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I cannot officially give her a diagnosis in this format, but I can tell you sounds very similar to patients with borderline personality disorder.
There is a great book written for family members about how to deal with such: Stop Walking on Eggshells: Taking Your Life Back When Someone You Care About Has Borderline Personality Disorder by Paul T. Mason and Randi Kreger
The key is to set limits with her (with the calmest most neutral voice you have)...and not feed into any fights, arguments, or power struggles.
My mother mentioned that My mother-in-law could have emotional affect from her stroke?!
Here is a link about borderline personality: http://www.mayoclinic.com/health/borderline-personality-disorder/DS00442
Ok, so keep this in mind. A stroke can certainly cause all different types of emotional problems.
She could have symptoms of bipolar, or borderline, or something else secondary to the stroke.
Is there any possibility she is willing to get professional help?
Even if not, you can always express your concerns about her emotions & behavior to her doctors (by calling or writing a letter). Even if she doesn't sign consent for them to give you information about her confidential health records, they are allowed to listen to any of your feedback.
ok She would for a price I'm assuming
What do you mean "for a price"?
The other good news is this: if she has bipolar, borderline, or whatever secondary to a stroke...you would pretty much treat it similarly as she had that condition not due to a stroke. Does that make sense?
Another possibility in people with strokes is what is called vascular dementia (similar to Alzheimer's but the cause is repetitive brain injuries through strokes, mini-strokes, brain bleeds, and or loss of oxygen to the brain.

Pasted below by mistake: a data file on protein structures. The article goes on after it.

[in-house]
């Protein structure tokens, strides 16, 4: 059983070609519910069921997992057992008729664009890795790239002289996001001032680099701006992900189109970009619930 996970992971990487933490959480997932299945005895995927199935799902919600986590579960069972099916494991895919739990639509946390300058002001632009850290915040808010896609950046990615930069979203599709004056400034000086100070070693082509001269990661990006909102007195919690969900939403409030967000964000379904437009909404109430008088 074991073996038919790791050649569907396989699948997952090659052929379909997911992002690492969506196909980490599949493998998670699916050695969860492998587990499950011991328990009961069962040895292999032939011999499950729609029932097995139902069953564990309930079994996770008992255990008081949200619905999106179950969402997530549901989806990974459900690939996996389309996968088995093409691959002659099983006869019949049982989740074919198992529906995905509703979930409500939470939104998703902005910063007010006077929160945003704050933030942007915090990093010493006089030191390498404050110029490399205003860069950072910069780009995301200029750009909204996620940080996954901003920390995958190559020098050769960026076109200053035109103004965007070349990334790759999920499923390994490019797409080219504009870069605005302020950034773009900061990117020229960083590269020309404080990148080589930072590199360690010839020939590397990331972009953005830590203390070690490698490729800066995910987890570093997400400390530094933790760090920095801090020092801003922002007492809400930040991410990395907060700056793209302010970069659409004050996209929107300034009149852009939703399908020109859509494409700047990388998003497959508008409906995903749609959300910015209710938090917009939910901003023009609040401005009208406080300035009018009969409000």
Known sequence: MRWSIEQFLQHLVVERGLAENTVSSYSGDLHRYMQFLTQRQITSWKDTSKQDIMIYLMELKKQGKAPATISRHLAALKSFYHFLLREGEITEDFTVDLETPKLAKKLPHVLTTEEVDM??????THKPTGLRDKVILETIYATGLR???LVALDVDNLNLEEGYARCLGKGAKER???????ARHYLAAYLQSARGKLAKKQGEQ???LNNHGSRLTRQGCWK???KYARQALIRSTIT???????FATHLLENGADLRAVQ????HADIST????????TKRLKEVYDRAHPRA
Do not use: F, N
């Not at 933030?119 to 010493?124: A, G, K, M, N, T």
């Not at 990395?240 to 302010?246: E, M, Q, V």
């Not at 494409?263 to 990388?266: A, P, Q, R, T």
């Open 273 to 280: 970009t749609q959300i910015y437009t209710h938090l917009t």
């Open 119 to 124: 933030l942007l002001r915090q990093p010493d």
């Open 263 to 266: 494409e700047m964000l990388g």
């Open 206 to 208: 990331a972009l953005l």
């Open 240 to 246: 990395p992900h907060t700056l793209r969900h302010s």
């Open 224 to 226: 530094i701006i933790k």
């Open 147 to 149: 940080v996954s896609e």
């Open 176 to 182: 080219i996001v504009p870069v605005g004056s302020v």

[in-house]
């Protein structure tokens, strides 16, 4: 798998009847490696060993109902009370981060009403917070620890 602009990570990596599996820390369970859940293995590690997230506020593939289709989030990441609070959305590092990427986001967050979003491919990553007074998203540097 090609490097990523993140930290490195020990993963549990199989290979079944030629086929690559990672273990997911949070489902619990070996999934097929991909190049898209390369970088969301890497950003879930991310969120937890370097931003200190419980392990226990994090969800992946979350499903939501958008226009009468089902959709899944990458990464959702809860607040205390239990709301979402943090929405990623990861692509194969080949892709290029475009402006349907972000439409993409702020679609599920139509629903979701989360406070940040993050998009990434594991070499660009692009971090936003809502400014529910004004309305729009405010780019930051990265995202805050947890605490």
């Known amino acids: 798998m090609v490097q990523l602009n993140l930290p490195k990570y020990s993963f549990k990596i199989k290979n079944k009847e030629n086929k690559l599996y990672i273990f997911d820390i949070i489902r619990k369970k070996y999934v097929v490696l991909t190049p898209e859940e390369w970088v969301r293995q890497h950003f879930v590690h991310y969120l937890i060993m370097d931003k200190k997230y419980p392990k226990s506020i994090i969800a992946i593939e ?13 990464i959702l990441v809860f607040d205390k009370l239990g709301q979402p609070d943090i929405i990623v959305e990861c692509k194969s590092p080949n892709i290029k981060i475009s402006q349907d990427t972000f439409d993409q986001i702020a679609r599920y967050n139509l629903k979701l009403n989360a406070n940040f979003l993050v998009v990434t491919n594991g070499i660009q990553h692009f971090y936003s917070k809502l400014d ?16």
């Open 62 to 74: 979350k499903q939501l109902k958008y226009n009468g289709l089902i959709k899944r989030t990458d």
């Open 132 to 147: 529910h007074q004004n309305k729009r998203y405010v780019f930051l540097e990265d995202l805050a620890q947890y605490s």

after her stroke she recovered quickly and the doctors were impressed so asked her to do some reseach on her with pay
This is a more difficult condition, as you can't always treat it well. You try to stabilize the person's other health issues to prevent future brain injuries...and otherwise just hope the brain heals itself somewhat over time.
She mentioned she's had 4 strokes after but I don't know if she's just saying that for attention or actually had them as she was never rushed to the hospital to my knowledge
A CT or MRI of the brain would help clarify any history of strokes.
I think the best thing is encouraging her to get help; people often react better to this suggestion when you say, "Let's go get help together to improve our communication" rather than "You need help because you are broken & need to be fixed."
I just don't know if i can trust her to watch my child, her granddaughter and how would I tell her I don't think she's ready
If you can't get her to help herself, definitely tell her doctors your concerns. In the meantime, I would read that book....and if that's not helpful enough consider seeing a live therapist to help learn better ways to cope with this.
And I agree, based on what you said, I wouldn't want her watching my child either.
that would be an argument unavoidable if I told her she needs helpI will definently look into the book thank you for you advice
You need to be upfront, again in a calm, gentle & non-confrontational manner. "Mom, I'm really worried about you watching the baby because of these different things I have observed. Let's get some help to improve these issues so you can be an even better grandma."
It may be an unavoidable argument...if you don't think a "live" discussion would be good, try writing her a letter.
knowing her the way I do she would see it as me never liking her to begin with and only wanting to hurt her
What if the conversation came from someone else (like your husband)...or from the 2 of you together?
Sorry I had to tend to my daughter yes thank you for your help and your last bit of advice is what probably needs to be done
.OKMH53016130 My son is very anxious. He gets like